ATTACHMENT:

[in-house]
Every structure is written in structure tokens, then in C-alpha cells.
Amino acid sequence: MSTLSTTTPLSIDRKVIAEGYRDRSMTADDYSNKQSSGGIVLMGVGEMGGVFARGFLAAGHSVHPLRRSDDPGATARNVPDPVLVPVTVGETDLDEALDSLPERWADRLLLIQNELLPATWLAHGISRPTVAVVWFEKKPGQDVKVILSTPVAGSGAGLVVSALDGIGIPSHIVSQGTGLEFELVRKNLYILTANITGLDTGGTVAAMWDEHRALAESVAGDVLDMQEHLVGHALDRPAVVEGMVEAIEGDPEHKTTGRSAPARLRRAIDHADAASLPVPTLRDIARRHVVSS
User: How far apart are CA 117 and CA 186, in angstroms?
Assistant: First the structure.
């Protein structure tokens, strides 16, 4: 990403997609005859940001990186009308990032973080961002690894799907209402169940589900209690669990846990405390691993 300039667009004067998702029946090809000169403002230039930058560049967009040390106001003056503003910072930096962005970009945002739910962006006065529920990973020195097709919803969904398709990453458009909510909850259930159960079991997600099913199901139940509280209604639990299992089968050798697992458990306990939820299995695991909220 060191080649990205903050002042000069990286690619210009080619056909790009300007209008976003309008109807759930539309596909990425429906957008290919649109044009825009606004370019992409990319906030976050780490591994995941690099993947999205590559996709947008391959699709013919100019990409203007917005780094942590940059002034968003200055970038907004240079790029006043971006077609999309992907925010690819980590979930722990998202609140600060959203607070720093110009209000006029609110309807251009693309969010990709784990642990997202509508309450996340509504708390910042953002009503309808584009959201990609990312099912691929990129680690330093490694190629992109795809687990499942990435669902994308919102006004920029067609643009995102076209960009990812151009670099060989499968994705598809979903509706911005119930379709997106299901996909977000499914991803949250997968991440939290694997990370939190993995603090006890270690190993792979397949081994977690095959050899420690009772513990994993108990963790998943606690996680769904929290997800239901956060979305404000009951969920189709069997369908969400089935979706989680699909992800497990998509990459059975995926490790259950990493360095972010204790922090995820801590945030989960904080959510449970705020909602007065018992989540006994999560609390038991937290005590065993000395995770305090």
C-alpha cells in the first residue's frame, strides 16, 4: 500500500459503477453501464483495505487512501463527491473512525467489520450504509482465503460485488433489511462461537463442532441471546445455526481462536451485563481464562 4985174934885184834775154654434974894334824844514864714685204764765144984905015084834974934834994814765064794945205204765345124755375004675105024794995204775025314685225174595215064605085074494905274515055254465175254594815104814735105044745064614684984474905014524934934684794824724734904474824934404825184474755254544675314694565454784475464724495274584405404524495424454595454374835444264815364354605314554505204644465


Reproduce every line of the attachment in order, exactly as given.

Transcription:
[in-house]
Every structure is written in structure tokens, then in C-alpha cells.
Amino acid sequence: MSTLSTTTPLSIDRKVIAEGYRDRSMTADDYSNKQSSGGIVLMGVGEMGGVFARGFLAAGHSVHPLRRSDDPGATARNVPDPVLVPVTVGETDLDEALDSLPERWADRLLLIQNELLPATWLAHGISRPTVAVVWFEKKPGQDVKVILSTPVAGSGAGLVVSALDGIGIPSHIVSQGTGLEFELVRKNLYILTANITGLDTGGTVAAMWDEHRALAESVAGDVLDMQEHLVGHALDRPAVVEGMVEAIEGDPEHKTTGRSAPARLRRAIDHADAASLPVPTLRDIARRHVVSS
User: How far apart are CA 117 and CA 186, in angstroms?
Assistant: First the structure.
């Protein structure tokens, strides 16, 4: 990403997609005859940001990186009308990032973080961002690894799907209402169940589900209690669990846990405390691993 300039667009004067998702029946090809000169403002230039930058560049967009040390106001003056503003910072930096962005970009945002739910962006006065529920990973020195097709919803969904398709990453458009909510909850259930159960079991997600099913199901139940509280209604639990299992089968050798697992458990306990939820299995695991909220 060191080649990205903050002042000069990286690619210009080619056909790009300007209008976003309008109807759930539309596909990425429906957008290919649109044009825009606004370019992409990319906030976050780490591994995941690099993947999205590559996709947008391959699709013919100019990409203007917005780094942590940059002034968003200055970038907004240079790029006043971006077609999309992907925010690819980590979930722990998202609140600060959203607070720093110009209000006029609110309807251009693309969010990709784990642990997202509508309450996340509504708390910042953002009503309808584009959201990609990312099912691929990129680690330093490694190629992109795809687990499942990435669902994308919102006004920029067609643009995102076209960009990812151009670099060989499968994705598809979903509706911005119930379709997106299901996909977000499914991803949250997968991440939290694997990370939190993995603090006890270690190993792979397949081994977690095959050899420690009772513990994993108990963790998943606690996680769904929290997800239901956060979305404000009951969920189709069997369908969400089935979706989680699909992800497990998509990459059975995926490790259950990493360095972010204790922090995820801590945030989960904080959510449970705020909602007065018992989540006994999560609390038991937290005590065993000395995770305090």
C-alpha cells in the first residue's frame, strides 16, 4: 500500500459503477453501464483495505487512501463527491473512525467489520450504509482465503460485488433489511462461537463442532441471546445455526481462536451485563481464562 4985174934885184834775154654434974894334824844514864714685204764765144984905015084834974934834994814765064794945205204765345124755375004675105024794995204775025314685225174595215064605085074494905274515055254465175254594815104814735105044745064614684984474905014524934934684794824724734904474824934404825184474755254544675314694565454784475464724495274584405404524495424454595454374835444264815364354605314554505204644465